Over the course of several decades, a wide variety of researchers have performed numerous studies that identified possible correlations between exposure to waste anesthetic gases and potential health effects. According to OSHA, waste anesthetic gas may be responsible for issues including:
OSHA has also cited the potential for exposed clinicians to experience even more serious health effects, and recommends taking appropriate precautions to protect hospital staff.1
The Invisible Risk Campaign was developed to raise awareness about waste anesthetic gases in the PACU and their potential health effects. Learn more at www.theinvisiblerisk.org
The PACU nurse spends a large portion of their day working in close proximity to the patient, specifically within the patient’s breathing zone. OSHA defines the breathing zone as the area immediately adjacent to the employee’s nose and mouth; a hemisphere forward of the worker's shoulders with a radius of approximately 6 to 9 inches. This can create a potentially dangerous working zone for the nurse as they are potentially exposed to peak levels of WAG within their breathing zone. Thus, OSHA recommends periodic exposure monitoring with particular emphasis on peak gas levels in the breathing zone of nursing personnel working in the immediate vicinity of the patient’s head.1
Due to the lack of close regulation of WAG in the PACU, clinicians working in the PACU are at risk for exposure for significant periods of time each day. Because the patient's exhalation is the primary source of WAG in the PACU, limiting it can be difficult without addressing it at the source.1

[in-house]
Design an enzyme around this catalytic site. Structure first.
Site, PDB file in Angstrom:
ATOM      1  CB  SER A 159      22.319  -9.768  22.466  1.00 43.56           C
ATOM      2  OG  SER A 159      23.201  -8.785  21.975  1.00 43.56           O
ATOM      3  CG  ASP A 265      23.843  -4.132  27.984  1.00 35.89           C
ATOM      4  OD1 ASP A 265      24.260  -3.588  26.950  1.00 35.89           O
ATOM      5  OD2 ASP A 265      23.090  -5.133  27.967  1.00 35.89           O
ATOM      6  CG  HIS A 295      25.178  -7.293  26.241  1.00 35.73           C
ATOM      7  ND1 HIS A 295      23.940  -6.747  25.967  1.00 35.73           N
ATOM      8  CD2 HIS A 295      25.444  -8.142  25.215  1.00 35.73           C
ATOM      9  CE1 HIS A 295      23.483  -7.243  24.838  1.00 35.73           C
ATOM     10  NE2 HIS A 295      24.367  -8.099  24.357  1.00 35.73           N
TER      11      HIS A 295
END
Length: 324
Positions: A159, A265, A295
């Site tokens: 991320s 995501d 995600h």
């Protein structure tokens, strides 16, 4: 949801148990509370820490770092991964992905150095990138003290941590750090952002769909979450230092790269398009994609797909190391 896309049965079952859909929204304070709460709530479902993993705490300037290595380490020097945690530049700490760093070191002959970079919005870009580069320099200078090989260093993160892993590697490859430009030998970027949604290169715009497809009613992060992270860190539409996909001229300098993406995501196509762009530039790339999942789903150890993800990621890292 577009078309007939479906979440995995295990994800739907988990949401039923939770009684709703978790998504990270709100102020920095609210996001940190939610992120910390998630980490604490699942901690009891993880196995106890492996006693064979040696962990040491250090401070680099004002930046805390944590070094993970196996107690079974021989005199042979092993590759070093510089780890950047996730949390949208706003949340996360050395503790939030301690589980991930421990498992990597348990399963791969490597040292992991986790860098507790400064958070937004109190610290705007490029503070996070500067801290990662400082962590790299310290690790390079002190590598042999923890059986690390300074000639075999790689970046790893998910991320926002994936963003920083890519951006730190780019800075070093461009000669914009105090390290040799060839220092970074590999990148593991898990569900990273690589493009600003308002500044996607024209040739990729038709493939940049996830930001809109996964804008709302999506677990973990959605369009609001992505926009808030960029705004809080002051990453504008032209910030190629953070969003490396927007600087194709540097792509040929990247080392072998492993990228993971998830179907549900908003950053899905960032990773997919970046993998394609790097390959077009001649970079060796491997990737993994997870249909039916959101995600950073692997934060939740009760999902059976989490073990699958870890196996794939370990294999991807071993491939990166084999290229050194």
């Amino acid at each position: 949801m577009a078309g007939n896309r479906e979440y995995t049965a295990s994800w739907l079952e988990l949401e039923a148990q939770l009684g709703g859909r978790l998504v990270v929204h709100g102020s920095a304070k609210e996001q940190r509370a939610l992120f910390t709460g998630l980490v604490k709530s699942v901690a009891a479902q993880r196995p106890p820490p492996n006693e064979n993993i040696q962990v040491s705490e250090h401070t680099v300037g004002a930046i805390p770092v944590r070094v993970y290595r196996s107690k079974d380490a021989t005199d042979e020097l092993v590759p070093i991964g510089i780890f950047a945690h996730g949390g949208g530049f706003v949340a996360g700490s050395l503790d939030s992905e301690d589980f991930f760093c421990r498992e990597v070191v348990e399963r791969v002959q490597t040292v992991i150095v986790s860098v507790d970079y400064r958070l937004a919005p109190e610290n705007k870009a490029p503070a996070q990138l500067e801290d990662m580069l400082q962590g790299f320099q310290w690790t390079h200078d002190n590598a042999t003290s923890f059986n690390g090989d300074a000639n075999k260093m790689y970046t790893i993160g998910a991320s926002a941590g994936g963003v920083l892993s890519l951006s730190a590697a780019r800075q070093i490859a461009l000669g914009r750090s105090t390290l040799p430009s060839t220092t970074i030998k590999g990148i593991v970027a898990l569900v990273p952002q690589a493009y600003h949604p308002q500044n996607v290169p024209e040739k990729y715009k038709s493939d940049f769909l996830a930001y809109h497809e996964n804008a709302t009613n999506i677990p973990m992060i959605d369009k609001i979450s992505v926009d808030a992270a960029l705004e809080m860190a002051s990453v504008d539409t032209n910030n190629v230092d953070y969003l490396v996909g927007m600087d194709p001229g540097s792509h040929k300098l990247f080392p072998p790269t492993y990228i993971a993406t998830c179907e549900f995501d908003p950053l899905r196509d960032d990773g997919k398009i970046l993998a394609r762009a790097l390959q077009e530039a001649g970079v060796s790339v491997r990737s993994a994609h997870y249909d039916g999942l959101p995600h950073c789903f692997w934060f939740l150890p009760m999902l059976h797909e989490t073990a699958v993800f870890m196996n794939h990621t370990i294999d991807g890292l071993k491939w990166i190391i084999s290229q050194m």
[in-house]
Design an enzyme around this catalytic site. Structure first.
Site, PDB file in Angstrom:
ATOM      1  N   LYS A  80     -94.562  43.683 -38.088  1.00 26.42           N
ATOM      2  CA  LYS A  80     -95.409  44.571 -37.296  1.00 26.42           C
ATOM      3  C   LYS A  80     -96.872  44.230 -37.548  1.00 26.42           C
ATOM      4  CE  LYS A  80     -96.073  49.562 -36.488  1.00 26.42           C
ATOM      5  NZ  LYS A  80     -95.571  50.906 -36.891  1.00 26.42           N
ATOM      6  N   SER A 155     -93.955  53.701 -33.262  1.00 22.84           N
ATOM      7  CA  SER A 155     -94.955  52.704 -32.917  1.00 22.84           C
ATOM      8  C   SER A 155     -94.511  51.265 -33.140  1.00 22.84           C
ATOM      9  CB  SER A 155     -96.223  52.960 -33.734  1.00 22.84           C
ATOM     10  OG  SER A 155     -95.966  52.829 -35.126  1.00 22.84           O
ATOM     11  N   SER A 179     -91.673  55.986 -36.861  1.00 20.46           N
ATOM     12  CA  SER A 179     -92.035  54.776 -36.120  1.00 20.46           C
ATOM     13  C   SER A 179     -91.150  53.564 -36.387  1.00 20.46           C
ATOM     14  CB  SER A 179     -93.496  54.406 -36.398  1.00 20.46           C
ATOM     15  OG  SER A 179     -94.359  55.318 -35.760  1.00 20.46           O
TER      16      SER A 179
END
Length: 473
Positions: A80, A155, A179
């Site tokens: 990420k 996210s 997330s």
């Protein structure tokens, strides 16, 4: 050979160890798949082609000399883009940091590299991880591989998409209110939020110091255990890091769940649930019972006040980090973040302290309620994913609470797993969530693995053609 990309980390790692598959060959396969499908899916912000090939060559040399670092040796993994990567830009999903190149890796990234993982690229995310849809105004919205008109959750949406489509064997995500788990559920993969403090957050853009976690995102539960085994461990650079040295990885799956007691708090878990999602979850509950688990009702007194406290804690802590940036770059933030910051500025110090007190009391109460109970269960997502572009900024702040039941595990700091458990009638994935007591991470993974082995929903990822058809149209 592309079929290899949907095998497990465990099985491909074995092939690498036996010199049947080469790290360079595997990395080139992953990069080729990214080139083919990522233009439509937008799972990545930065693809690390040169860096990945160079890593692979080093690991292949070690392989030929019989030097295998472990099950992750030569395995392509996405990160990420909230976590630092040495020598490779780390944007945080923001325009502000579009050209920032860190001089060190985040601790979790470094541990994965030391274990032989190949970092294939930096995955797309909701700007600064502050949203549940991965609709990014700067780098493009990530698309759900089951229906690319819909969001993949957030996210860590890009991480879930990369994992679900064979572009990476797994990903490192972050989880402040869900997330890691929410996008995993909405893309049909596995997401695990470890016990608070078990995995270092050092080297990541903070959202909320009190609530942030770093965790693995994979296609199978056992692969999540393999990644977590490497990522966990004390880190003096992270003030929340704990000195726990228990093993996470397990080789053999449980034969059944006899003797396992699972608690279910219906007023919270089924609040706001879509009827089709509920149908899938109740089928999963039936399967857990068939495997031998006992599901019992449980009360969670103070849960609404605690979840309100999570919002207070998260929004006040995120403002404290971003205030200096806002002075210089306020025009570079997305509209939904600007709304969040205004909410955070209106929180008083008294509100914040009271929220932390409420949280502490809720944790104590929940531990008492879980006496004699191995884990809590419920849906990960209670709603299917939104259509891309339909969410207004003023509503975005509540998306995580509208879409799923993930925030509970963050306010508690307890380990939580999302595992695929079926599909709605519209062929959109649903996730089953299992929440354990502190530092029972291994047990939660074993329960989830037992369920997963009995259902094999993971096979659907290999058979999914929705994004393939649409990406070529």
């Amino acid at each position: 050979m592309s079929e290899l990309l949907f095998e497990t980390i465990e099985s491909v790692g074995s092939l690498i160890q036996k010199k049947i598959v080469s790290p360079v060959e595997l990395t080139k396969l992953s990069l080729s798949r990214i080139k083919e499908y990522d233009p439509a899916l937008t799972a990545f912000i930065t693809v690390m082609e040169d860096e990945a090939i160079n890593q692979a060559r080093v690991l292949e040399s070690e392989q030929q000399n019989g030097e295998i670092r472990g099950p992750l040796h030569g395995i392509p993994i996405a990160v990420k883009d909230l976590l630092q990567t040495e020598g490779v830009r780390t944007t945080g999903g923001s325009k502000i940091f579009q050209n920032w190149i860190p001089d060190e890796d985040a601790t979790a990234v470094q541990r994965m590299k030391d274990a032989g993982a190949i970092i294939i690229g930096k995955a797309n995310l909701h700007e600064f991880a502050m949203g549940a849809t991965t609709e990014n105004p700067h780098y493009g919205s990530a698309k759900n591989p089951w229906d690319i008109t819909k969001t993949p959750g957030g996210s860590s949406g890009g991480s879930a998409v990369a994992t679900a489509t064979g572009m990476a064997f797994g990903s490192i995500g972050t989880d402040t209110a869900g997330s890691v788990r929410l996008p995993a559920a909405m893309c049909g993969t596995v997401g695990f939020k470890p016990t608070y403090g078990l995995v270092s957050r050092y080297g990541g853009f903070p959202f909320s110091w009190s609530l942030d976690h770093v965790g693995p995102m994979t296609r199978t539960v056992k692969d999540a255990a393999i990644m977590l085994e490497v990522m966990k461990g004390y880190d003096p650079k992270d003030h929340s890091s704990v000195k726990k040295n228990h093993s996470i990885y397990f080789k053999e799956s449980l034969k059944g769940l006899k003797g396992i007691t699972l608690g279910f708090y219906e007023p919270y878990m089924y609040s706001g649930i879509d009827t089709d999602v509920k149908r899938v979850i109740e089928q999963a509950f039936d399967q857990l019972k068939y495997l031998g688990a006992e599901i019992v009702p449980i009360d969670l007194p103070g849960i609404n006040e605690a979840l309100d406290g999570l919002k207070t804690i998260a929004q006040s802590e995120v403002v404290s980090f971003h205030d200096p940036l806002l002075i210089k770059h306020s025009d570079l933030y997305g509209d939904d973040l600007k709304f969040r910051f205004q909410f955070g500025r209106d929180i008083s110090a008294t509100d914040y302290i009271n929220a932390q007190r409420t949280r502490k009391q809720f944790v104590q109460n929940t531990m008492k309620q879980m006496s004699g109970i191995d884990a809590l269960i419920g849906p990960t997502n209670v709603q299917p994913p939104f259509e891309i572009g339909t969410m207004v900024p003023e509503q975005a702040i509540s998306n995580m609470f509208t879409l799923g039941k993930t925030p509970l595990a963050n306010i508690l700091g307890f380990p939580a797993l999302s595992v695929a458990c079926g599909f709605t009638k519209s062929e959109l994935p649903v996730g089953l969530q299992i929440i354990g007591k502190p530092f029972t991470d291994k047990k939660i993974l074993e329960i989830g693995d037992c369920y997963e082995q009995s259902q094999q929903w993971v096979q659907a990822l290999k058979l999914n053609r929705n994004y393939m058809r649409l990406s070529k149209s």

Thanks to the ISO-Gard® Mask with ClearAir™ Technology, helping to reduce the amount of WAG at its source point, the patient, in the PACU has never been easier. In accordance with NIOSH’s recommendation to minimize the risks of WAG exposure to the greatest possible extent,2 the ISO-Gard® Mask with ClearAir™ Technology helps in reducing clinicians’ exposure by scavenging patient exhalations during the process of outgassing.
1. Occupational Safety & Health Administration, U.S. Department of Labor. (Revised 18 May 2000). Anesthetic Gases: Guidelines for Workplace Exposures. Retrieved from: http://www.osha.gov/dts/osta/anestheticgases/.
2. National Institute for Occupational Safety and Health, Center for Disease Control. Sep 2007. Waste Anesthetic Gases–Occupational Hazards in Hospitals. Retrieved from:http://www.cdc.gov/niosh/docs/2007-151/.
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